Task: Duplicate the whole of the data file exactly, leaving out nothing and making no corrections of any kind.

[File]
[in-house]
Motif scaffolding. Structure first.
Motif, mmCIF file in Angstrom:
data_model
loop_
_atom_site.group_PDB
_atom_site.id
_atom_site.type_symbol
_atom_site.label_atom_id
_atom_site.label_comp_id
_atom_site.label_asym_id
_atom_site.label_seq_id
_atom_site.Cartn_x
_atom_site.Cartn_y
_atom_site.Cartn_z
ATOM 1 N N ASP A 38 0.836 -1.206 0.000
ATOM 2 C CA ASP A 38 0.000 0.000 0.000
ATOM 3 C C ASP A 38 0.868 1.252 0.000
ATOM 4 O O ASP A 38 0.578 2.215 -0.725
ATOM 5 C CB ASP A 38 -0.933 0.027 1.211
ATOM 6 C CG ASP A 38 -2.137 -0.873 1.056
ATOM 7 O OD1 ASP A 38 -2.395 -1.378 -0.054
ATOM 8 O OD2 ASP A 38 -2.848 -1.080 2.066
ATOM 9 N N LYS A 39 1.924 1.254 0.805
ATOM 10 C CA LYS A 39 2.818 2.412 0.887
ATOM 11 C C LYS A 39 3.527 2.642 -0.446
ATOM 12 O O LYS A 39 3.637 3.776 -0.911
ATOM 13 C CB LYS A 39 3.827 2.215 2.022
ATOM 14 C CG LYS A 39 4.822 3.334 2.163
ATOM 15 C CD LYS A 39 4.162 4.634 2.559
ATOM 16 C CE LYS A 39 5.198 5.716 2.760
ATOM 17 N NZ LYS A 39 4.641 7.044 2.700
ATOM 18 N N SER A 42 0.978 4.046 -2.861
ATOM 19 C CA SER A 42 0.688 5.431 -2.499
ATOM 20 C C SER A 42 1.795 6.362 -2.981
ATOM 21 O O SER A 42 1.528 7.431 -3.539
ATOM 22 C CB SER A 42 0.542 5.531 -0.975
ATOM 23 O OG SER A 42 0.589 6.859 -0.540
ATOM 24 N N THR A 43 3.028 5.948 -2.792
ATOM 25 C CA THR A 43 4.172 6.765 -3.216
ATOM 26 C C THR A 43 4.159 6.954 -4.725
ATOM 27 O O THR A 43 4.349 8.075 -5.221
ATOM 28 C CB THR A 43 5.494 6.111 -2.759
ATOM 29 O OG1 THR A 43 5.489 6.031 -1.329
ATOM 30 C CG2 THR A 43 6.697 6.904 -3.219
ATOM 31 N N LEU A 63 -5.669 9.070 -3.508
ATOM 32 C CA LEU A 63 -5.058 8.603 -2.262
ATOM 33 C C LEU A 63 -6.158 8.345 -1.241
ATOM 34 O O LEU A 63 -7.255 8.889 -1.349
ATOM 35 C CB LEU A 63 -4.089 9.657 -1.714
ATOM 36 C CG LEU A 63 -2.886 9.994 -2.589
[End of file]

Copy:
[in-house]
Motif scaffolding. Structure first.
Motif, mmCIF file in Angstrom:
data_model
loop_
_atom_site.group_PDB
_atom_site.id
_atom_site.type_symbol
_atom_site.label_atom_id
_atom_site.label_comp_id
_atom_site.label_asym_id
_atom_site.label_seq_id
_atom_site.Cartn_x
_atom_site.Cartn_y
_atom_site.Cartn_z
ATOM 1 N N ASP A 38 0.836 -1.206 0.000
ATOM 2 C CA ASP A 38 0.000 0.000 0.000
ATOM 3 C C ASP A 38 0.868 1.252 0.000
ATOM 4 O O ASP A 38 0.578 2.215 -0.725
ATOM 5 C CB ASP A 38 -0.933 0.027 1.211
ATOM 6 C CG ASP A 38 -2.137 -0.873 1.056
ATOM 7 O OD1 ASP A 38 -2.395 -1.378 -0.054
ATOM 8 O OD2 ASP A 38 -2.848 -1.080 2.066
ATOM 9 N N LYS A 39 1.924 1.254 0.805
ATOM 10 C CA LYS A 39 2.818 2.412 0.887
ATOM 11 C C LYS A 39 3.527 2.642 -0.446
ATOM 12 O O LYS A 39 3.637 3.776 -0.911
ATOM 13 C CB LYS A 39 3.827 2.215 2.022
ATOM 14 C CG LYS A 39 4.822 3.334 2.163
ATOM 15 C CD LYS A 39 4.162 4.634 2.559
ATOM 16 C CE LYS A 39 5.198 5.716 2.760
ATOM 17 N NZ LYS A 39 4.641 7.044 2.700
ATOM 18 N N SER A 42 0.978 4.046 -2.861
ATOM 19 C CA SER A 42 0.688 5.431 -2.499
ATOM 20 C C SER A 42 1.795 6.362 -2.981
ATOM 21 O O SER A 42 1.528 7.431 -3.539
ATOM 22 C CB SER A 42 0.542 5.531 -0.975
ATOM 23 O OG SER A 42 0.589 6.859 -0.540
ATOM 24 N N THR A 43 3.028 5.948 -2.792
ATOM 25 C CA THR A 43 4.172 6.765 -3.216
ATOM 26 C C THR A 43 4.159 6.954 -4.725
ATOM 27 O O THR A 43 4.349 8.075 -5.221
ATOM 28 C CB THR A 43 5.494 6.111 -2.759
ATOM 29 O OG1 THR A 43 5.489 6.031 -1.329
ATOM 30 C CG2 THR A 43 6.697 6.904 -3.219
ATOM 31 N N LEU A 63 -5.669 9.070 -3.508
ATOM 32 C CA LEU A 63 -5.058 8.603 -2.262
ATOM 33 C C LEU A 63 -6.158 8.345 -1.241
ATOM 34 O O LEU A 63 -7.255 8.889 -1.349
ATOM 35 C CB LEU A 63 -4.089 9.657 -1.714
ATOM 36 C CG LEU A 63 -2.886 9.994 -2.589